Installment Letters of Credit

    An installment letter of credit is similar to a revolving, non-cumulative letter of credit with onekey exception: once the seller misses a shipment, the credit ceases to be in effect. To take the previous

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    example of the ski importer, the installment letter of credit ensures that the retailer will receiveUS$10,000 of skis every week until the seller fails to make a shipment. If this happens, a new letter ofcredit must be opened to import more skis, or the existing credit reinstated by an amendment. Aninstallment credit normally includes a detailed shipping schedule and the amount and duration of eachinstallment may vary. Obviously, the installment letter enables the retailer to formulate his sales plansmore effectively than a revolving credit.

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    Letter of Credit Mechanics on the Export Side

    Once an exporter and a foreign buyer have agreed upon theterms of sale (including payment on a letter-of-credit basis),the foreign buyer submits an application for a letter of creditto his bank. This process is generally the same as thatfollowed by a North American buyer, as explained in theprevious chapter. (There is a common misconception that atthis point the buyer gives his bank the cash needed eventuallyto pay the L/C and that these funds are then placed on depositat the advising bank. While regulations in a few countriesmay require a partial or full cash deposit, this is, in fact, notonly unusual but contrary to the normal reasons the buyerwants to use a letter of credit. If he had to put up cash in orderto obtain an L/C, he might well consider paying cash inadvance and trying to negotiate a lower price.) To avoid theneed to obtain amendments to the L/C, the exporter shouldconsider providing the importer with explicit guidelines forwhat documents to require. (A format for developing a letterof credit instructions form appears pages 33-35.)

    The issuing bank forwards the letter of credit to anadvising bank in the exporters vicinity. The role of theadvising bank is to verify the authenticity of the letter ofcredit and then relay it to the exporter. The advising bank hasno obligation to pay the credit unless it adds its confirmation. The exporter may ask the buyer to specify the advising bankand, if the exporter wants to have the letter of creditconfirmed, he must also have the buyer include the requestfor confirmation on the application for the letter of credit.The advising bank is not authorized to confirm a letter ofcredit without specific authority from the issuing bank andhas no obligation to do so even if requested.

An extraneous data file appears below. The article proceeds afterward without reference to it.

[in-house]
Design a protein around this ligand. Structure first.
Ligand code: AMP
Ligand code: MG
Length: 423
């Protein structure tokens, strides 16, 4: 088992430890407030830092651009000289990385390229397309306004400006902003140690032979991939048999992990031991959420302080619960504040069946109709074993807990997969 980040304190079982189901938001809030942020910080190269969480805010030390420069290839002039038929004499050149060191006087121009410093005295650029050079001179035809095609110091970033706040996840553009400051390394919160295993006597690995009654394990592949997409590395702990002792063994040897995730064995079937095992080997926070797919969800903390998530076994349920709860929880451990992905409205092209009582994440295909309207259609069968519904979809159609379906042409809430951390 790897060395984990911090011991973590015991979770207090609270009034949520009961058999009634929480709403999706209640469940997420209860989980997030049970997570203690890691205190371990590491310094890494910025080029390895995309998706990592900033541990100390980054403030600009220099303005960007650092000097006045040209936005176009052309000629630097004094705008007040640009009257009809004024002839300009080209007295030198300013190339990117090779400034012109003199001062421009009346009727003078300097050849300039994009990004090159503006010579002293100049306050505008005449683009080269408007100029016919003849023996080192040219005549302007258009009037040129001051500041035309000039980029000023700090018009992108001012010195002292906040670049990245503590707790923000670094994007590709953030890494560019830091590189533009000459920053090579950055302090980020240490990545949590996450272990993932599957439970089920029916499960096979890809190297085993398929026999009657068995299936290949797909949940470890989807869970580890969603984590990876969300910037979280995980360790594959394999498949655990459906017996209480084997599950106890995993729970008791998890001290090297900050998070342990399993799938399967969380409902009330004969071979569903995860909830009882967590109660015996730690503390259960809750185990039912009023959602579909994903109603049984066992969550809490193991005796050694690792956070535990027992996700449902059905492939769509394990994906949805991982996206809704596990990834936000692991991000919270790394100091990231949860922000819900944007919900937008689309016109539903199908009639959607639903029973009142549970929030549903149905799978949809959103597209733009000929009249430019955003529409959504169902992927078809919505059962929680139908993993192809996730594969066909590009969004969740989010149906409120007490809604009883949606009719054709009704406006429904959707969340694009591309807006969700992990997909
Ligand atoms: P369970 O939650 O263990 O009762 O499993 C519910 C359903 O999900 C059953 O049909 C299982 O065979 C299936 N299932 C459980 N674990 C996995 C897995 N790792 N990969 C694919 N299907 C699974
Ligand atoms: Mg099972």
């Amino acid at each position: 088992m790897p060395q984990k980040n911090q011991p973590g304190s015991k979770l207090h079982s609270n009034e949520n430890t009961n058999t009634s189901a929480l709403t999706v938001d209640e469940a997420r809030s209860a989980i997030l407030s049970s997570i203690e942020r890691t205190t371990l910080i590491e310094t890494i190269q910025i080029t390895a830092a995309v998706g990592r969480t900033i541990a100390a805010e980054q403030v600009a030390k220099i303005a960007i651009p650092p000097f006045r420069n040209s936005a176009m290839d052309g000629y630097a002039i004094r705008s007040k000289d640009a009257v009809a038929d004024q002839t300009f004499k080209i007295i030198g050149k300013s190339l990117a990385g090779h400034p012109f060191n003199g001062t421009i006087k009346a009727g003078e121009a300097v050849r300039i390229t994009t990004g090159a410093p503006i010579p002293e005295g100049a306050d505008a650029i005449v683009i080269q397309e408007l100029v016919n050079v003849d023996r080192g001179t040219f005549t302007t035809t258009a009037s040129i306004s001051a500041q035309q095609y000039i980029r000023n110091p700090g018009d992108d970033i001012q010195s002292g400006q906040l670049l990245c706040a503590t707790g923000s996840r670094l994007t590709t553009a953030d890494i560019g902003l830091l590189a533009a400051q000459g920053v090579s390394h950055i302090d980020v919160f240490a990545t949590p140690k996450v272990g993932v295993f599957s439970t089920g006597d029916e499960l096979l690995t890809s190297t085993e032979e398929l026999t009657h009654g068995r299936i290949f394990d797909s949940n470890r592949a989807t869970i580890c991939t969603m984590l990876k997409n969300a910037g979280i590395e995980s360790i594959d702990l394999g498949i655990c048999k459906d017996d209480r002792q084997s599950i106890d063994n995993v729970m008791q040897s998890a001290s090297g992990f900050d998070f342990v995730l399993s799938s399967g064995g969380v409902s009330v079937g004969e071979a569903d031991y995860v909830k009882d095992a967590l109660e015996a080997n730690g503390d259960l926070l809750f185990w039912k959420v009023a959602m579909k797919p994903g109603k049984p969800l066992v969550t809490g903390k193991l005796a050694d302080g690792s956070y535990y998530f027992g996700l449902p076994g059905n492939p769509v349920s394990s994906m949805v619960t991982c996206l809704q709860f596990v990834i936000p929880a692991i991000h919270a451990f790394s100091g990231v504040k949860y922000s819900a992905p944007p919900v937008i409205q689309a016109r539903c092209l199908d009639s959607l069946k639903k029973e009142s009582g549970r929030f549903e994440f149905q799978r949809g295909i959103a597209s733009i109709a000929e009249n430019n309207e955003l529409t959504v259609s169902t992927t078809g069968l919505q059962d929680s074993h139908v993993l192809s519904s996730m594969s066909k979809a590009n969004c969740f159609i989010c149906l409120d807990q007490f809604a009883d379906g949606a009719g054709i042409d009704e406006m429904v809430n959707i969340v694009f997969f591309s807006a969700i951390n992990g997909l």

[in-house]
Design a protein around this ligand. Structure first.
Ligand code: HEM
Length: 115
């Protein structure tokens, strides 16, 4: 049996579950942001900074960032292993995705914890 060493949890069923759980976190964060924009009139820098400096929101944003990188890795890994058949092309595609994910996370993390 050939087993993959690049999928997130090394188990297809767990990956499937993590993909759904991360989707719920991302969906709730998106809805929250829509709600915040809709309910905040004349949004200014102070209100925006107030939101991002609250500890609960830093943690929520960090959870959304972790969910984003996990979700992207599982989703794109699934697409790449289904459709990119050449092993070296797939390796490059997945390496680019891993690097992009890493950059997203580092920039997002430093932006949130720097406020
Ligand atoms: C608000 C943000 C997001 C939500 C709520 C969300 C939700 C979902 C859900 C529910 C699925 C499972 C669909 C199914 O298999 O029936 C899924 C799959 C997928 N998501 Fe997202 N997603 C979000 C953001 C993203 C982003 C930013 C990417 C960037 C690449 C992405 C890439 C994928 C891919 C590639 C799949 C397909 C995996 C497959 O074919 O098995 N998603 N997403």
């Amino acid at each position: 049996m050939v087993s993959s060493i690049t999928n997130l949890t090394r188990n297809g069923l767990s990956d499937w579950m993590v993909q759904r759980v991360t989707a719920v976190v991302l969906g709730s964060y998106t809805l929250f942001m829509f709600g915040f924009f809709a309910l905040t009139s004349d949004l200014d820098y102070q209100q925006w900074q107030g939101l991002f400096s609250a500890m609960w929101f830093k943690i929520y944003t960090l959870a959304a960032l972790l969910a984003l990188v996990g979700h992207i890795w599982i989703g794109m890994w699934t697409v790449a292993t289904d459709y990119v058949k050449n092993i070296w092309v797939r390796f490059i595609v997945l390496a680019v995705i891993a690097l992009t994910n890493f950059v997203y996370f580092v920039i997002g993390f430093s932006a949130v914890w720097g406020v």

The exporter must be aware, however, that the issuingbank will generally consider that it has the prerogative tochoose the advising/confirming bank. This has caused greatdissatisfaction among exporters, especially in recent years, asthe confirming bank chosen is often a branch or affiliate of

    An export letter of creditprovides an exporter with

    a banks commitment topay the amount specifiedupon presentation to the

    bank of the documentationdescribed in the letter of

    credit. The exporter mustbe sure to clearly

    communicate to theimporter the terms of sale

    and what documents heexpects to present in orderto demonstrate fulfillment

    of the sale contract. Aslong as the letter of credit

    calls for the documents theexporter intends to

    produce, the exporter canconsider his risk to have

    shifted from the buyer tothe buyers bank.

  • Date




    In cirrevtermcomunne




    This format is for use in designing a Letter of Credit Instructions form appropriate for your owncompany.


    : _____________

    From _________________